Featured Research

from universities, journals, and other organizations

Exposure to nitrogen dioxide lowers in vitro fertilization success

Date:
April 13, 2010
Source:
Penn State
Summary:
Exposure to an increased level of air pollutants, especially nitrogen dioxide, has been associated with lower likelihoods of successful pregnancy among women undergoing in vitro fertilization, according to a team of fertility researchers.

Exposure to an increased level of air pollutants, especially nitrogen dioxide, has been associated with lower likelihoods of successful pregnancy among women undergoing in vitro fertilization, according to a team of fertility researchers.

The team examined the outcomes of the first pregnancy attempt of 7,403 women undergoing IVF at Penn State Milton S. Hershey Medical Center, Hershey, Pa.; Shady Grove Fertility, Rockville, Md.; and Columbia University College of Physicians and Surgeons, New York, N.Y. They conducted their observations over a seven-year period from 2000 to 2007.

"Numerous studies have consistently shown a relationship between air pollution and human health, ranging from mortality, cardiovascular disease and other chronic conditions," said Duanping Liao, Ph.D., professor of epidemiology and vice chair department of public health sciences, Penn State College of Medicine. "In the process of searching for the mechanisms responsible for the above associations, we, and others, have reported significant links between air pollution and inflammation and increased blood clotting. These intermediate factors are also associated with reproductive health."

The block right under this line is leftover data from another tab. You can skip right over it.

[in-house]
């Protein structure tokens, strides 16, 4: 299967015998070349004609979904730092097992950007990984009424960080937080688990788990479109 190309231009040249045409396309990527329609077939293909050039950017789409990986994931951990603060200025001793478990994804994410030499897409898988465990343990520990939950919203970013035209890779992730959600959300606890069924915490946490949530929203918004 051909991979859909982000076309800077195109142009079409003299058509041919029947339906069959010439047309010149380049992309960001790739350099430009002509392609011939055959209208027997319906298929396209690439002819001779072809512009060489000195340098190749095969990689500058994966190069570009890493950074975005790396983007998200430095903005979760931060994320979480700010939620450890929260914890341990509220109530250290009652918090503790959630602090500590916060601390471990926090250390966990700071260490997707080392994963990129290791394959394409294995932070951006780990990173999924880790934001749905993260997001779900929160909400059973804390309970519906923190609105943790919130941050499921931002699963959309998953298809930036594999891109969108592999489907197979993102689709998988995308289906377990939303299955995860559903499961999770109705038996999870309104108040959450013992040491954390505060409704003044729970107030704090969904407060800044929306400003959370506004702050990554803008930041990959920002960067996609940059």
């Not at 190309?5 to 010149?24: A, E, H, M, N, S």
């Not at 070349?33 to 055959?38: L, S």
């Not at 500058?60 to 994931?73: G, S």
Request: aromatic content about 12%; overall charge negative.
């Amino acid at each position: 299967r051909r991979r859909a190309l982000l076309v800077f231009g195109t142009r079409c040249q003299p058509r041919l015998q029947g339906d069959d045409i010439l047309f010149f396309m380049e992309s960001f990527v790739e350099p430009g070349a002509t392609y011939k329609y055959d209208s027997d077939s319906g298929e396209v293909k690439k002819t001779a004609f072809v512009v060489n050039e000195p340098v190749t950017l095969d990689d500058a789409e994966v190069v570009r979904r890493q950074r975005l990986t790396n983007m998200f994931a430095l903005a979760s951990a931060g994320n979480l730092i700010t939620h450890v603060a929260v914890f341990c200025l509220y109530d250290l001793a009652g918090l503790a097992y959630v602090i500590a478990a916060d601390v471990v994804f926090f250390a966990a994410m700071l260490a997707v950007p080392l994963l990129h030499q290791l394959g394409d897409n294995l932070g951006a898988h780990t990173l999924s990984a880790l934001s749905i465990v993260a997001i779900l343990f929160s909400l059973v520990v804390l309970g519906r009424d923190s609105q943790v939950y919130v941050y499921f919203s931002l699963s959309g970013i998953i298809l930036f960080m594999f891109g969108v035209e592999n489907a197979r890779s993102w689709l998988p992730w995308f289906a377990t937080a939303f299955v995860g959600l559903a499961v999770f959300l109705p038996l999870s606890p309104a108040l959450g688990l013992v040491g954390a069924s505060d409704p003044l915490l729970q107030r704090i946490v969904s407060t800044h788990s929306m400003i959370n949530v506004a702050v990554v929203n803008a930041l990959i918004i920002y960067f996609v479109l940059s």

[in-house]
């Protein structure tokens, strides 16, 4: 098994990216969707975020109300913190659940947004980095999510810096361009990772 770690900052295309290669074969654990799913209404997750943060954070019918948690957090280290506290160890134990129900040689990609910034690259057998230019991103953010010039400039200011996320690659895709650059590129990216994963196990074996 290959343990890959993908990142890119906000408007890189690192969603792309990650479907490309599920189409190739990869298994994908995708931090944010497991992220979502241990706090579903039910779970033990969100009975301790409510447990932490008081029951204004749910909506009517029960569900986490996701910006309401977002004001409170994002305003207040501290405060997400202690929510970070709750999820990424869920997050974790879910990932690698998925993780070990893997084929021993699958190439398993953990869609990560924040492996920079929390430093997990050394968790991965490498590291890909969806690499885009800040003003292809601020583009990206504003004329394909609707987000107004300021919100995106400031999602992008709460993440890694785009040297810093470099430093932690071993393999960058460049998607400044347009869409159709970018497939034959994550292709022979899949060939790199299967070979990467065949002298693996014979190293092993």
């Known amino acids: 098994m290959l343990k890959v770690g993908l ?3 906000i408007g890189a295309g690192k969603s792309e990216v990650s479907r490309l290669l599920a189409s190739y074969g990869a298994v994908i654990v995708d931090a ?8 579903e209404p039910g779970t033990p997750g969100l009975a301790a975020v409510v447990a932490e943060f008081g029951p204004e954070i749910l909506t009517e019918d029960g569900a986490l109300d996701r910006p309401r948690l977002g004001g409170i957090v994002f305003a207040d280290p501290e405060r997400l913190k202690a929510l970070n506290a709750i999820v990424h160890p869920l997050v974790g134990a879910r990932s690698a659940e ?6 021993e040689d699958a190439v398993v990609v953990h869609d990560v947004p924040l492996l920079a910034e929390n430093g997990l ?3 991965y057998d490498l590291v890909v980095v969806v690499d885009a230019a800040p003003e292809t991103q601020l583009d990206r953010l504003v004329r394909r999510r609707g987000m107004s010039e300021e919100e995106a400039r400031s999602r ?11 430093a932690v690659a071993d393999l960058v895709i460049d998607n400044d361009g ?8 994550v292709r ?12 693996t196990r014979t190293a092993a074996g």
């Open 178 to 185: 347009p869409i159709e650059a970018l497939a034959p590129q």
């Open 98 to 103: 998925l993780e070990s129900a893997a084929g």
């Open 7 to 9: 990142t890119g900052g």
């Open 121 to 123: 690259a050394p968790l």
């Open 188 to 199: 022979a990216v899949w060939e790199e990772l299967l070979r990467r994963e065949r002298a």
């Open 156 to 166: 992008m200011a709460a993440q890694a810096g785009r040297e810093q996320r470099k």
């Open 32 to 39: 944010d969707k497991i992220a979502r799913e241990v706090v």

The IVF population was chosen, as it is a well-controlled and timed process to investigate the association of air pollution and human reproductive effects.

Burning of fossil fuels and diesel engine combustion produces nitrogen dioxide and fine particles. Researchers looked at those pollutants along with ozone, the gas involved in smog formation. While the effects of declining air quality on IVF success are variable and pollutant-dependent, elevated exposures to nitrogen dioxide and fine particles were consistently associated with lower success rates of pregnancy.

Researchers looked at the effects of pollution particles both individually -- single pollutant model, and with other particles -- multi-pollutant model. For the single pollutant model, exposure to ozone appeared to have a positive association with a successful birth if the exposure was before the embryo culture or embryo transfer. Researchers theorize that higher ozone levels indicate lower nitrogen dioxide levels, which would show better pregnancy outcomes. In addition, for the multi-pollutant model, the "positive" effects of ozone were diminished with the addition of nitrogen dioxide. In contrast, after adjusting for ozone, higher nitrogen dioxide exposures consistently associated with the lower success rate, regardless of which indictor was used -- positive pregnancy test, clinically confirmed intrauterine pregnancy or live birth.

These findings may be useful in studying the adverse effects of air pollution on human reproduction in general.

"Since IVF is a well controlled and highly timed process, we have a much better handle on the assessment of the time of exposures to elevated air pollutants in relationship to fertilization, pregnancy, and delivery," Liao said. "Therefore, the IVF population coupled with detailed assessment of air pollution exposures may provide us an ideal situation to investigate the potential health effects of air quality on human reproduction."

Air pollutant concentration data for the study period came from the U.S. Environmental Protection Agency. The researchers calculated daily pollution concentrations for each patient during the entire in vitro cycle and pregnancy. They calculated varying periods of air quality exposure for average daily concentrations at the patient's home during four stages of IVF and at the IVF clinic during fertilization and embryo transfer.